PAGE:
When you’re feeling anxiety, take a breath and allow yourself a few seconds of calm.
• Inhale through your nose for five counts
• Hold your breath for two to four counts
• Exhale slowly through your mouth for seven counts.
• Allow your rib cage to rise and fall without forcing it
When you start to recognise positives, this signals the brain to find even more of them! They become easier to find. Just like training your body muscles by regularly practicing a technique, you can do the same for your brain. So, every day, write out 6 positive statements about that day. They can be about anything, big or small, but must be positive. For example, a bird singing, a chat with a friend, achieving a new exercise, a delicious cup of coffee, the moon shining, the radio playing your favourite song, the perfect parking spot – the little things that make life enjoyable. Writing them down also gives you something nice to look back on and remember too.
If you start to feel overwhelmed, write out your concerns, thoughts and beliefs in a journal. Getting them out of your head and onto the paper stops them going round and round in your mind. Then look at what you’ve written and challenge whether they are real or something that you think “might” happen. If they’re real, can you do anything about it, or is it out of your control? If it’s in your control, what is the one small next step that you can do to help solve it? Just one step at a time.
Connection is one our biggest human needs, and the current situation is stopping our normal ways of feeling connected to others. Use the various online facilities and those on your phone to talk to friends and family. It’s OK to ask for help and to ask for a chat.
Making more time for phone calls with your friends and family is fantastic, but that leaves a lot of free time either side of those calls. Connection is often about just being with someone, without having to saying anything. This is a challenge with social distancing and isolation. So if you are alone, you could organize a time with a loved one, where you sit down and watch a film, work together, read together etc (but in a different way to normal). Each of you sets up your phone, tablet or laptop, Facetime or one of the video conferencing sites, where you can see the other person. And you can sit quietly together, without having to say anything at all.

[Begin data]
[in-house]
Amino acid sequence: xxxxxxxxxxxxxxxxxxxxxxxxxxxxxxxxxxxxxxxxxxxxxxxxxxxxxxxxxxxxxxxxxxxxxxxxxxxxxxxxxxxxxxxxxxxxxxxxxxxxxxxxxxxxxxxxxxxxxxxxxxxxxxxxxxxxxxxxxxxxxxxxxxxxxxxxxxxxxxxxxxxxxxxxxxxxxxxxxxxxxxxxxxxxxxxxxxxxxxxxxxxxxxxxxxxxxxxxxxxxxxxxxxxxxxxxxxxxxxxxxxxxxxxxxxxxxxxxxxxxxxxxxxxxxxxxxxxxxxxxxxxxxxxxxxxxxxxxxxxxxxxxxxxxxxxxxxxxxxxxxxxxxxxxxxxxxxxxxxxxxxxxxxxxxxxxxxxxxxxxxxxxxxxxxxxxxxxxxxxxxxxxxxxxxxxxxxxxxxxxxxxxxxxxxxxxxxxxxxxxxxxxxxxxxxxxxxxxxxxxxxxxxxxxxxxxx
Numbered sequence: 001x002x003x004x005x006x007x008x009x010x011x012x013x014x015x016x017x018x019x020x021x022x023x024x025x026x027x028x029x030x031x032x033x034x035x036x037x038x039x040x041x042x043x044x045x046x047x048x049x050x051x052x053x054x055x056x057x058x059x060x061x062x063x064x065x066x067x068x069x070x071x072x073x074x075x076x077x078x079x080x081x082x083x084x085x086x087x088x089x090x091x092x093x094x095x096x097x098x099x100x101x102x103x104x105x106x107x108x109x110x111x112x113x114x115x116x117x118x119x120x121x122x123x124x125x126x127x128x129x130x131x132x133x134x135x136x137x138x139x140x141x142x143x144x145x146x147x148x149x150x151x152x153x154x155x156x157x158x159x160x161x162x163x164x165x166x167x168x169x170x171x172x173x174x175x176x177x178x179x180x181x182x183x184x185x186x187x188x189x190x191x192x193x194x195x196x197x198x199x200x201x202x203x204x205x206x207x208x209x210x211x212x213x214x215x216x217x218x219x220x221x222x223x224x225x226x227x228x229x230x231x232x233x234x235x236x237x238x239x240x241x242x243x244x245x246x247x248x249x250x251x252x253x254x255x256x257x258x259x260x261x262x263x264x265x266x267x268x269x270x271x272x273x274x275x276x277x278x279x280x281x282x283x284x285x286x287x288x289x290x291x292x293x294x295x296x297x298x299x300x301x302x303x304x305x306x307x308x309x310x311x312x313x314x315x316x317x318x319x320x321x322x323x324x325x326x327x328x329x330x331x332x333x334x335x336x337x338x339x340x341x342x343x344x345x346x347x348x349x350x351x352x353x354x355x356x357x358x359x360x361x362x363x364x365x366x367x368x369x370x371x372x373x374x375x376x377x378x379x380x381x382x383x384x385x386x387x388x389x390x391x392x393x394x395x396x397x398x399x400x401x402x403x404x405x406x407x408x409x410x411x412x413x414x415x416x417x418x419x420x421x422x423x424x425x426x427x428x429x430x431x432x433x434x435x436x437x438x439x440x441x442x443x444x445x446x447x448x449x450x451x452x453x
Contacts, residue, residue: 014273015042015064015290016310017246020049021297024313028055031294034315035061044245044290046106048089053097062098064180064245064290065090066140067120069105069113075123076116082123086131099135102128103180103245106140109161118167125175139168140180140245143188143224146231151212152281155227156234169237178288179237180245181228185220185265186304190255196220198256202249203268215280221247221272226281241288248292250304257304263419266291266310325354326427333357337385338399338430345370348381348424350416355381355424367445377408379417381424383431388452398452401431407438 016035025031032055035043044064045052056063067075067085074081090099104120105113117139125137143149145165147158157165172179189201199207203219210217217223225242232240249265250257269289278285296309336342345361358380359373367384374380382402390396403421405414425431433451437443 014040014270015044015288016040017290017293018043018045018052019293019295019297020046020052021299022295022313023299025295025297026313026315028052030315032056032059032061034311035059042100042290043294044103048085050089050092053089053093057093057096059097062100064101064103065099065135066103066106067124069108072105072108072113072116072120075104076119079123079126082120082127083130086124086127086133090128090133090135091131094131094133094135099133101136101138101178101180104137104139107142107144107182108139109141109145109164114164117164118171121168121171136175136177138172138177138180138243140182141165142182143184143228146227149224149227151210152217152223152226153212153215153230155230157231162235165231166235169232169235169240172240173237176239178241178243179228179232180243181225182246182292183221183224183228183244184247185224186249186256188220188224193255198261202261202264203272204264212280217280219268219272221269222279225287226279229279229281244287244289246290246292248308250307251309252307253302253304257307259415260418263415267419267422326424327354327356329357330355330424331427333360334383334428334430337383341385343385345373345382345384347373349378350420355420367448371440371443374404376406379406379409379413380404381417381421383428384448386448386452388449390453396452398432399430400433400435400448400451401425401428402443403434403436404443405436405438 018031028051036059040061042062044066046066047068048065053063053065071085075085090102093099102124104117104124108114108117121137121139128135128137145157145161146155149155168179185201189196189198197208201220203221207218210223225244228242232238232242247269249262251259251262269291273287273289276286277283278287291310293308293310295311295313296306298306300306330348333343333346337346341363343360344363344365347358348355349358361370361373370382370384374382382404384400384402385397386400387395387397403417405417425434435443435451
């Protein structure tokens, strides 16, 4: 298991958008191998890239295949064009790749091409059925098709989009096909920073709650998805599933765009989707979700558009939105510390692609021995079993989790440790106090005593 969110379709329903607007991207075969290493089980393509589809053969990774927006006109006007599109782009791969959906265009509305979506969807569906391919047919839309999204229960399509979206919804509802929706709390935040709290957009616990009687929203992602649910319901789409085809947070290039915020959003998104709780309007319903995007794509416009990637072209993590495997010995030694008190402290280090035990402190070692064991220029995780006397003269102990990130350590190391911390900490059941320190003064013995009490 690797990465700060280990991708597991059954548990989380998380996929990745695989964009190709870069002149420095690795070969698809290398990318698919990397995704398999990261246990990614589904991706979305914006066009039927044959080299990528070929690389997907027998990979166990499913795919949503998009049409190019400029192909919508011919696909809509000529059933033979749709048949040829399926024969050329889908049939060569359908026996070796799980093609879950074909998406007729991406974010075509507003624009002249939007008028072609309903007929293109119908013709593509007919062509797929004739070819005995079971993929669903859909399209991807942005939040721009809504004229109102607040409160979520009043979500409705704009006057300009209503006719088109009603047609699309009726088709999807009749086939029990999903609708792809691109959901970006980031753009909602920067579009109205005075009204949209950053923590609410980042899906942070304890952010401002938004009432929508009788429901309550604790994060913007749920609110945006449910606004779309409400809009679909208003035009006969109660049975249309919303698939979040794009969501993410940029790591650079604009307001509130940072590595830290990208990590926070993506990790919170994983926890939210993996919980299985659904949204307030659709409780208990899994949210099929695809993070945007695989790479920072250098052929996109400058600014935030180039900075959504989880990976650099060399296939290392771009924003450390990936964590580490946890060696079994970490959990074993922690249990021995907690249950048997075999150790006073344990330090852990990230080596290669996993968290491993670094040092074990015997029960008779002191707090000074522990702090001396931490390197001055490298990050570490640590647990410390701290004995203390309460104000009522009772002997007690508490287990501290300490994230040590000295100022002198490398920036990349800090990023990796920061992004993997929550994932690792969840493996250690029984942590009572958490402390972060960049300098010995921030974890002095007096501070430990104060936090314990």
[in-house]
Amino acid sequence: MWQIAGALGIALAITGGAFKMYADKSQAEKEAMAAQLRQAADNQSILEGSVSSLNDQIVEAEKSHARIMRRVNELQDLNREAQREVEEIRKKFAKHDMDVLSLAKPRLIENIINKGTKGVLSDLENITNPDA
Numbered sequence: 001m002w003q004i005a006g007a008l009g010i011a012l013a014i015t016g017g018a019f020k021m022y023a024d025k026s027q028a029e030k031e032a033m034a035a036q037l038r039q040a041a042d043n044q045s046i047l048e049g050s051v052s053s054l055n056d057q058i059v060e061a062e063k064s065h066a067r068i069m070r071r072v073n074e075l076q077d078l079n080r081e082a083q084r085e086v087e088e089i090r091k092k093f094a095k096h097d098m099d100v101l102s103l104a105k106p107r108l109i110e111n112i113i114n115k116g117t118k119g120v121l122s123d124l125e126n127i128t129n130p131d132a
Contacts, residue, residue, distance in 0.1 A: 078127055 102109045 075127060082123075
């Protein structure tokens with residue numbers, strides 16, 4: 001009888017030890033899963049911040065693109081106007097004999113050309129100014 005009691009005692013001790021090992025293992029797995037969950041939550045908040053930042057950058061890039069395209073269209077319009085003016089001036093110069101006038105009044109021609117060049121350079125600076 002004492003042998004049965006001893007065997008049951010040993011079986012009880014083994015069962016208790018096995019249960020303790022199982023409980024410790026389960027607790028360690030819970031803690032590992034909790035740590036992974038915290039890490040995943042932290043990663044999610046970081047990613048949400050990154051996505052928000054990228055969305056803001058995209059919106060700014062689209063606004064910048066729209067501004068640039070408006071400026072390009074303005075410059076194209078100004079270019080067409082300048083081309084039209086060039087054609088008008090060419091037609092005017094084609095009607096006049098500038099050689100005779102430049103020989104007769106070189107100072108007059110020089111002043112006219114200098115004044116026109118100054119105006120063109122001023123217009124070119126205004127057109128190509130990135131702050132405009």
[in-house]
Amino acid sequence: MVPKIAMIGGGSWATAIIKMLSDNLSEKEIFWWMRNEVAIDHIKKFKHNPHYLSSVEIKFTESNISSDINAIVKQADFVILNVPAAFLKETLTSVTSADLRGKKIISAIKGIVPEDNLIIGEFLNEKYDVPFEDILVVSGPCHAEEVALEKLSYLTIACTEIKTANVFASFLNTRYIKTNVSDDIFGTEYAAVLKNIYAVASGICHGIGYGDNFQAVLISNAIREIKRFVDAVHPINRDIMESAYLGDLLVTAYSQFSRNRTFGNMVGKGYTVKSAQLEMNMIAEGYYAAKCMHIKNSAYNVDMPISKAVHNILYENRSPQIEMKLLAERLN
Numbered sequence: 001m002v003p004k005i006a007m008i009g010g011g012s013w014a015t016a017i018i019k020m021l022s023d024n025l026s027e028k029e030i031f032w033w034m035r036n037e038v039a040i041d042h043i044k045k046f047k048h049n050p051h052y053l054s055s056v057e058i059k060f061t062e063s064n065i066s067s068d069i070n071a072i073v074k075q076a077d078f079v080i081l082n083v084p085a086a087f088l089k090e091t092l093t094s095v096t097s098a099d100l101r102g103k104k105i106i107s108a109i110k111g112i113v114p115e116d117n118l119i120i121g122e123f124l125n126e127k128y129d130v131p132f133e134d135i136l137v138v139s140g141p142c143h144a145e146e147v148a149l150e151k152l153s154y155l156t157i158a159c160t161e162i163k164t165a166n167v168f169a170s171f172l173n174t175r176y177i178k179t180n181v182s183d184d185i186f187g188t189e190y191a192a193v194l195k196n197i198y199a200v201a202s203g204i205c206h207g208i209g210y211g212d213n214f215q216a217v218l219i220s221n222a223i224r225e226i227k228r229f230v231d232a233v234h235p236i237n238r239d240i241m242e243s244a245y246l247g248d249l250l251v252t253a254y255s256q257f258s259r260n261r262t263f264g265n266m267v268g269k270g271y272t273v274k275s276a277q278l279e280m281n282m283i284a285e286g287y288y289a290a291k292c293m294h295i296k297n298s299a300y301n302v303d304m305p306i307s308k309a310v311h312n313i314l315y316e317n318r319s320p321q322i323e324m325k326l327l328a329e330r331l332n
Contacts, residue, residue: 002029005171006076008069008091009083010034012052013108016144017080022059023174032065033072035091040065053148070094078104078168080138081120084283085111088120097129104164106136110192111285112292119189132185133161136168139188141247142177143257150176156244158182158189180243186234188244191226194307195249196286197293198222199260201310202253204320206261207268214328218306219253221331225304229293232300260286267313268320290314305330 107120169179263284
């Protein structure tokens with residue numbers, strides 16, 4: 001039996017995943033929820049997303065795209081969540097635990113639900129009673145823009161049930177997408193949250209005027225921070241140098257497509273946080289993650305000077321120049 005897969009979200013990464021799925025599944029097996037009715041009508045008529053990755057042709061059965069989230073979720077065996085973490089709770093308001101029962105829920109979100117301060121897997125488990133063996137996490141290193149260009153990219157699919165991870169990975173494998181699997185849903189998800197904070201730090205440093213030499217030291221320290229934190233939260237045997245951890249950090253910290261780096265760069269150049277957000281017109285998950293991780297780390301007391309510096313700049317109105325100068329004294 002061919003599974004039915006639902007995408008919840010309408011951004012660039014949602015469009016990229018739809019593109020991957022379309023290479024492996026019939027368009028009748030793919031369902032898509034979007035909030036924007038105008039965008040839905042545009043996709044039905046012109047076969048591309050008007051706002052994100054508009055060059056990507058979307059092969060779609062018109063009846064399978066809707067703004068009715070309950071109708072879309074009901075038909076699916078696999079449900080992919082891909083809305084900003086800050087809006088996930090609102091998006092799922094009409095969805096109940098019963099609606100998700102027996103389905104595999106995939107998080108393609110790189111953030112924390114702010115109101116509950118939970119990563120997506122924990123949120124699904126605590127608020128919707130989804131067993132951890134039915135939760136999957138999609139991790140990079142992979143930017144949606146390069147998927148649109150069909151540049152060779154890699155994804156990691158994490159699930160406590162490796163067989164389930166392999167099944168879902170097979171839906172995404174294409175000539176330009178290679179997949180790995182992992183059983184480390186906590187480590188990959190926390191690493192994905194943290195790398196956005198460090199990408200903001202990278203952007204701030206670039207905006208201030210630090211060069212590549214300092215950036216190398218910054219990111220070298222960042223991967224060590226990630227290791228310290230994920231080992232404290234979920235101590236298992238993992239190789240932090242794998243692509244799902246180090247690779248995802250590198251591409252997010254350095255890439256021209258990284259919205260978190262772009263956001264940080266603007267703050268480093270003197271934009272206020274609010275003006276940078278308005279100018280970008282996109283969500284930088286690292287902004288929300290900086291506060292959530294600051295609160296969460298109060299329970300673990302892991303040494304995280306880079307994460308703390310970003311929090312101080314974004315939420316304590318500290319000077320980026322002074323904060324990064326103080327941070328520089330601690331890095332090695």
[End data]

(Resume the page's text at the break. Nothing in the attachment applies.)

Helping others is another form of connection (be that a small gesture, a phone call, giving assistance) – it helps the other person, but you get a dopamine and feel good hit too.
Rather than being tempted by the chocolate bar, comfort food or glass of wine for a quick “feel good” boost, use exercise to reduce anxiety and stress. Exercising helps to release endorphins which give you a natural high. This helps to relieve the stress you’re feeling, allowing your body to relax and break the “fight or flight” cycle it’s stuck in. Find enjoyable ways to exercise indoors, take a walk round the garden (or other outdoor places, where you can).
It’s perfectly OK to laugh – in fact, us humans are very good at finding the funny side of life to get us through the tougher times. You’ll be able to cope better and see worries as less important, if you can start to see the humour around it. Find a fun film or TV show, call friends to share funny stories, play games with the kids etc. Just think, 2020 will also be known for it’s interesting hair styles!